Today we can say women have been making strides in financial services for over the past decade in what has historically been a male-dominated industry. The progress has been slow but steady, with one of the most notable achievements being the increasing percentages of women serving in senior leadership roles in the world’s major financial services firms. And while the research shows that there is still significant work to be done to further close the gender gap in both leadership positions and compensation, today, we celebrate the progress made and the women leading the way.
On this International Women’s Day, Palladium Group is honored to celebrate women who are blazing a new path in the financial advisory industry by leveraging their talent, tenacity, and ingenuity to challenge the status quo and drive change. We had the privilege of sitting down with three of these women to learn more about what fuels their passion, what they see on the horizon for the industry, and what essential lessons the pandemic has brought. As leaders in this industry, they are charting the course for generations of women who will follow. How are they doing it? Margaret Huang Casey, CFP®, Partner, Chief Operations Officer, Durbin Bennett Private Wealth Management; Yonhee Gordon, CFP®, Principal, Chief Operating Officer, Chief Marketing Officer of JMG Financial Group; and Bedel Financial’s Sarah Mahaffa, Senior Wealth Advisor and Manager of Financial Planning fill us in on it all.
Palladium Group: Why did you choose a career in financial advising?
Margaret Huang Casey: It is an extremely rewarding field to be in since you not only develop an incredible knowledge base of practical lessons and skills, but you also get to meet and collaborate with some amazing people.
PG: Tell us about some of the initiatives you’ve led to empower and support women in the finance industry.
MHC: One of the women’s initiatives that I run, called Money Circle ATX, provides purposeful opportunities for women to talk about the taboo subject of money comfortably. Nearly all women at some point in their lives will become the primary financial decision-maker for their family. Through small conversation circle events and invitational study groups, we break down barriers to support and connect with women in our communities to better handle this responsibility.
PG: When working with a client to develop a comprehensive financial plan, what are some considerations you find to be unique to women?
MHC: While all of our clients go through the same financial planning process, women tend to live longer, bear more caregiving responsibilities, and oftentimes experience a wage gap. Their financial security journey can be challenging due to these circumstances, but with the appropriate planning and investment advice, it can be overcome and successfully achieved.
PG: How have you seen this industry change during your career, and what significant changes do you anticipate on the horizon?
MHC: Social media and technology have greatly impacted the way we run our businesses and interact with clients. The pace of change will most likely accelerate, so I’m hoping this will attract more people of diverse backgrounds to enter this industry. We need and value different perspectives so that we can continue to innovate and improve our client experience.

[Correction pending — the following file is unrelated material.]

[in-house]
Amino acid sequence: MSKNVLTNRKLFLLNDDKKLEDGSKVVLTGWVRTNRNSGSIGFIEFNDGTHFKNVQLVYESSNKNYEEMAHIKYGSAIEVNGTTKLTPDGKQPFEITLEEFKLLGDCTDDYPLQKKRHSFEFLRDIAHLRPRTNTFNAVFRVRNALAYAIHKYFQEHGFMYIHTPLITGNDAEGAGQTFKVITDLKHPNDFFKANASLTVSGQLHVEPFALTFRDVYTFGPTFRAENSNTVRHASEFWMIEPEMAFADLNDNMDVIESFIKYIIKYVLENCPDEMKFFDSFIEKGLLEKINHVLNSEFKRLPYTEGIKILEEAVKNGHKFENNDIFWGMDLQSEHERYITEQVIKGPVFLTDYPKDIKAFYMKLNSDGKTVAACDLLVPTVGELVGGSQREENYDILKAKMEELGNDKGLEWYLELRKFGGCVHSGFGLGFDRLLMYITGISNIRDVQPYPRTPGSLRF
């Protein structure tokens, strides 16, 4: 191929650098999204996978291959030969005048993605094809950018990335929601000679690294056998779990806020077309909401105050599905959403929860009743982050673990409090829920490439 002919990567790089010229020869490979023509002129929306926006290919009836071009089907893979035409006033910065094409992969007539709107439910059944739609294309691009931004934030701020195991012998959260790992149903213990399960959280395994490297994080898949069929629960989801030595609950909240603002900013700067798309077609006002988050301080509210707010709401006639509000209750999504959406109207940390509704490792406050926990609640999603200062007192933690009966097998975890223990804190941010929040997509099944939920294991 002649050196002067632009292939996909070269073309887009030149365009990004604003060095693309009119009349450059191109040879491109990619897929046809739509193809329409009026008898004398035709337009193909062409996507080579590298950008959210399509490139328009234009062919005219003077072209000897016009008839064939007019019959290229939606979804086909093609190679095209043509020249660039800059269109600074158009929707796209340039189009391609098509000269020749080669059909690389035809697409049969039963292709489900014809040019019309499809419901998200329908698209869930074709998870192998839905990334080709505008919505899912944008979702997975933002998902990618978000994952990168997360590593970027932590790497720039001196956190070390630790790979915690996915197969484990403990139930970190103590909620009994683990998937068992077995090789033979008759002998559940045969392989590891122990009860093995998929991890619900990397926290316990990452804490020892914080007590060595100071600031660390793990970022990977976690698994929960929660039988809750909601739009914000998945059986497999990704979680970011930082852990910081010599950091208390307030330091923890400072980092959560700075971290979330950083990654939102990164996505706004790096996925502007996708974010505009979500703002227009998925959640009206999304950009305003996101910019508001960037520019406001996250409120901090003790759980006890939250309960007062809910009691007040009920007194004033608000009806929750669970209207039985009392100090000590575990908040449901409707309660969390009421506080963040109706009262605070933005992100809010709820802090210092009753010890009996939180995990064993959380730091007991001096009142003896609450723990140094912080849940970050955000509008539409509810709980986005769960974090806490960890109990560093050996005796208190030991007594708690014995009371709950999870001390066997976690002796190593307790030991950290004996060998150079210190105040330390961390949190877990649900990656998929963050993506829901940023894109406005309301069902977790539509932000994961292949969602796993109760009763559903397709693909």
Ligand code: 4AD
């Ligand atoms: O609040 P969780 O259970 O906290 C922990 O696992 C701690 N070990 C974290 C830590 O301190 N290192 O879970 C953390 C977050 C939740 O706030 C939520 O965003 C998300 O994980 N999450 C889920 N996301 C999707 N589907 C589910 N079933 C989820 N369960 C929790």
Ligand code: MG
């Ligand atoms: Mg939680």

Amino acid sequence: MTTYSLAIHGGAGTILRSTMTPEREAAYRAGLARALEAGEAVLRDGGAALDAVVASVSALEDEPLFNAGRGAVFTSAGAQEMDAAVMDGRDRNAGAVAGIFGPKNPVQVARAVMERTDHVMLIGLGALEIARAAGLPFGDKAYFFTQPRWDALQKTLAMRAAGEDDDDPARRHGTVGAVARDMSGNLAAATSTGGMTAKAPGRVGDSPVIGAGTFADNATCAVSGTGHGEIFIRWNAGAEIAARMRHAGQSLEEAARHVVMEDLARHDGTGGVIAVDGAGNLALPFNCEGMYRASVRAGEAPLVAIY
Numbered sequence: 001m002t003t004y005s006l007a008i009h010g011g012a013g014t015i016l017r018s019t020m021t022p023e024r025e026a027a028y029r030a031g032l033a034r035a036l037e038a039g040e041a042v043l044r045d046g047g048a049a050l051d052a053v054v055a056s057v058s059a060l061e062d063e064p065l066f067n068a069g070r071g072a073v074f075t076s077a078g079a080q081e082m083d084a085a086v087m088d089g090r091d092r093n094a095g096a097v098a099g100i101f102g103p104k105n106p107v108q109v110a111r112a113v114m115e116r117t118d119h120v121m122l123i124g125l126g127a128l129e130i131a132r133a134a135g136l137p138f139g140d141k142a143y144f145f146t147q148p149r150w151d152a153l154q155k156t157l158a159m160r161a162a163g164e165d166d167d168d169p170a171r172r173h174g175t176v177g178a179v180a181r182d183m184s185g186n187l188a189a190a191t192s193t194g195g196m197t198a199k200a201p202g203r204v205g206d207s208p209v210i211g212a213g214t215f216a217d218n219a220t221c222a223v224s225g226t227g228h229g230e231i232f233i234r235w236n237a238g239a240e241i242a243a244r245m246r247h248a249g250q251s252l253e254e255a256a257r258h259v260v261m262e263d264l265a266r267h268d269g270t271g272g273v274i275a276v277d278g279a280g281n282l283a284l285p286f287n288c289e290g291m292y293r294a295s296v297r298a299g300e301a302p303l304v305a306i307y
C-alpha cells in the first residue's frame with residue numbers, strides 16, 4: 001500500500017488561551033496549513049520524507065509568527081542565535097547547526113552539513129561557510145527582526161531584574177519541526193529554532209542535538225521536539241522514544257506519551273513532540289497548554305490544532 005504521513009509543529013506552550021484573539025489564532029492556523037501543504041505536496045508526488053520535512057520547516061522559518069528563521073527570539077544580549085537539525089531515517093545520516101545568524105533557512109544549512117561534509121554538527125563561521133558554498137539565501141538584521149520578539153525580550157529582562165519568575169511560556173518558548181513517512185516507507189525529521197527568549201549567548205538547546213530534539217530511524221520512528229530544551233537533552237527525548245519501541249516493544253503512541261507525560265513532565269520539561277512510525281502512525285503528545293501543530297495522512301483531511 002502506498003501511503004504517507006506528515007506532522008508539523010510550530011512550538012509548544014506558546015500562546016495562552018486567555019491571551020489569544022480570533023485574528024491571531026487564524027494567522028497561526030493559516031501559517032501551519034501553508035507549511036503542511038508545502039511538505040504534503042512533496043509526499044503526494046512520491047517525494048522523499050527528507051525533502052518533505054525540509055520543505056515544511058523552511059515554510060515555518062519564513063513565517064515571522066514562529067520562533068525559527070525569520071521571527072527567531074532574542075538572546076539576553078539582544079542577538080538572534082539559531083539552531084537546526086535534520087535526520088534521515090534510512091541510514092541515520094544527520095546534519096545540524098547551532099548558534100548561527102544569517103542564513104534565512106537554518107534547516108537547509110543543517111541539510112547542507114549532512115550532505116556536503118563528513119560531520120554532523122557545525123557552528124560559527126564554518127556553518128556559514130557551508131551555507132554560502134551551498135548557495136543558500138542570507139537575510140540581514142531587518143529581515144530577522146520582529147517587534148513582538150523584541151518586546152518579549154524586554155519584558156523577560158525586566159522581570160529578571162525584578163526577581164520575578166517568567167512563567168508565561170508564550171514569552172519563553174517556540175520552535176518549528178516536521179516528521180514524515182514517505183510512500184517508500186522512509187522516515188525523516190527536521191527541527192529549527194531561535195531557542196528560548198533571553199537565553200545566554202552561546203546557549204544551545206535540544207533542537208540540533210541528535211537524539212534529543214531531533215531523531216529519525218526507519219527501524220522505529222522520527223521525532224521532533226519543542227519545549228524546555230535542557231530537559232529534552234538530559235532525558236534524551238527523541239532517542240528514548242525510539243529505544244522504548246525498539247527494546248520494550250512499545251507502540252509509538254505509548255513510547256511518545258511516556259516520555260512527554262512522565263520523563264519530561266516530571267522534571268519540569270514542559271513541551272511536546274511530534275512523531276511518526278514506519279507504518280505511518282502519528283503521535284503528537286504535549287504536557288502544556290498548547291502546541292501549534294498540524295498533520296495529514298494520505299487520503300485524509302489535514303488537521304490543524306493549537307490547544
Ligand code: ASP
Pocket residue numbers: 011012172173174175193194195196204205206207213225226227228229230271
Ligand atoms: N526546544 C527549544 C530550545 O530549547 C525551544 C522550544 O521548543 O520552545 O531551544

PG: What’s your go-to guilty pleasure?
MHC: Talking long outdoor walks and then rewarding myself with some dark chocolate when I come home.
Palladium Group: What energizes you about your work in financial advising?
Yonhee Gordon: It is a privilege to see how recommendations have impacted a client’s life during every stage of their financial life – what a gratifying career! From an industry perspective, I get energized by talking to the next generation of financial advisors; they are motivated and eager to learn. And they have such an advantage now by obtaining the CFP education in college before they enter the workforce. The industry has evolved so much over the past three decades – it’s very exciting!
PG: What’s the most important leadership lesson you’ve learned, and how has it proven invaluable?
YG: There are too many – it’s hard to pick one. I’ve learned the importance of listening – not just with my ears, but with my presence. This means having an open mind and making sure the other person knows that I have heard them. This is so important with all kinds of relationships. I always think about the quote from Maya Angelou, “People will forget what you said, but they never forget how you made them feel.”
PG: How has the pandemic changed your approach to firm management and financial advising?
YG: I can’t say the pandemic has changed my approach, but it has certainly opened my eyes to how well people can adapt, but there has to be effective communication. If anything, this situation has reinforced my approach to management by illustrating the importance of transparency to employees and clients. The importance of communication cannot be overstated on all levels. There was no disruption of service to our clients. Working remotely was new to many of our employees, but because of effective communication from the management team, the transition was seamless. As long as you manage expectations, there should be no surprises, and I think people appreciate that approach, whether it’s good news or bad.
PG: What inspires you to dedicate so much of your time to mentorship?